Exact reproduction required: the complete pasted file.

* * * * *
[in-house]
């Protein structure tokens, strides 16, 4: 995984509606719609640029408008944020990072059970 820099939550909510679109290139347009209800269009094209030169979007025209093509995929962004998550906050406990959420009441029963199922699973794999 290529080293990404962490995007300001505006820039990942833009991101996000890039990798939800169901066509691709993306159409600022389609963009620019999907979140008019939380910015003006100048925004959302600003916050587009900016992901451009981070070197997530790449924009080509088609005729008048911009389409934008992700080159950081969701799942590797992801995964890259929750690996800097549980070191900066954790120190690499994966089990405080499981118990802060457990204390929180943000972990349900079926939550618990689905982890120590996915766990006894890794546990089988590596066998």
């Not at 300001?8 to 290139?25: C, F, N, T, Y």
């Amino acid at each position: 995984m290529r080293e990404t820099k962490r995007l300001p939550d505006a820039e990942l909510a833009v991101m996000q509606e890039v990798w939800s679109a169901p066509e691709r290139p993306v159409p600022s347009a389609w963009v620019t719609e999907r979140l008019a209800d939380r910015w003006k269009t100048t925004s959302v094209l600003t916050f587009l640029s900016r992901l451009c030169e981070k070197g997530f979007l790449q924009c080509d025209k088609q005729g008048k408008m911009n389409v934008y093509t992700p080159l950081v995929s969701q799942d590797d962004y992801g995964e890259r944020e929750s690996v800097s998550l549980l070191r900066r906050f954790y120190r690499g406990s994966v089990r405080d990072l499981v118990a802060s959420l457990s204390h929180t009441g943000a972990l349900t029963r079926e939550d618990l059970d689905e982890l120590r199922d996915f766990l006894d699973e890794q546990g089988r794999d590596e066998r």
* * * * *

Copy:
[in-house]
């Protein structure tokens, strides 16, 4: 995984509606719609640029408008944020990072059970 820099939550909510679109290139347009209800269009094209030169979007025209093509995929962004998550906050406990959420009441029963199922699973794999 290529080293990404962490995007300001505006820039990942833009991101996000890039990798939800169901066509691709993306159409600022389609963009620019999907979140008019939380910015003006100048925004959302600003916050587009900016992901451009981070070197997530790449924009080509088609005729008048911009389409934008992700080159950081969701799942590797992801995964890259929750690996800097549980070191900066954790120190690499994966089990405080499981118990802060457990204390929180943000972990349900079926939550618990689905982890120590996915766990006894890794546990089988590596066998």
């Not at 300001?8 to 290139?25: C, F, N, T, Y």
């Amino acid at each position: 995984m290529r080293e990404t820099k962490r995007l300001p939550d505006a820039e990942l909510a833009v991101m996000q509606e890039v990798w939800s679109a169901p066509e691709r290139p993306v159409p600022s347009a389609w963009v620019t719609e999907r979140l008019a209800d939380r910015w003006k269009t100048t925004s959302v094209l600003t916050f587009l640029s900016r992901l451009c030169e981070k070197g997530f979007l790449q924009c080509d025209k088609q005729g008048k408008m911009n389409v934008y093509t992700p080159l950081v995929s969701q799942d590797d962004y992801g995964e890259r944020e929750s690996v800097s998550l549980l070191r900066r906050f954790y120190r690499g406990s994966v089990r405080d990072l499981v118990a802060s959420l457990s204390h929180t009441g943000a972990l349900t029963r079926e939550d618990l059970d689905e982890l120590r199922d996915f766990l006894d699973e890794q546990g089988r794999d590596e066998r």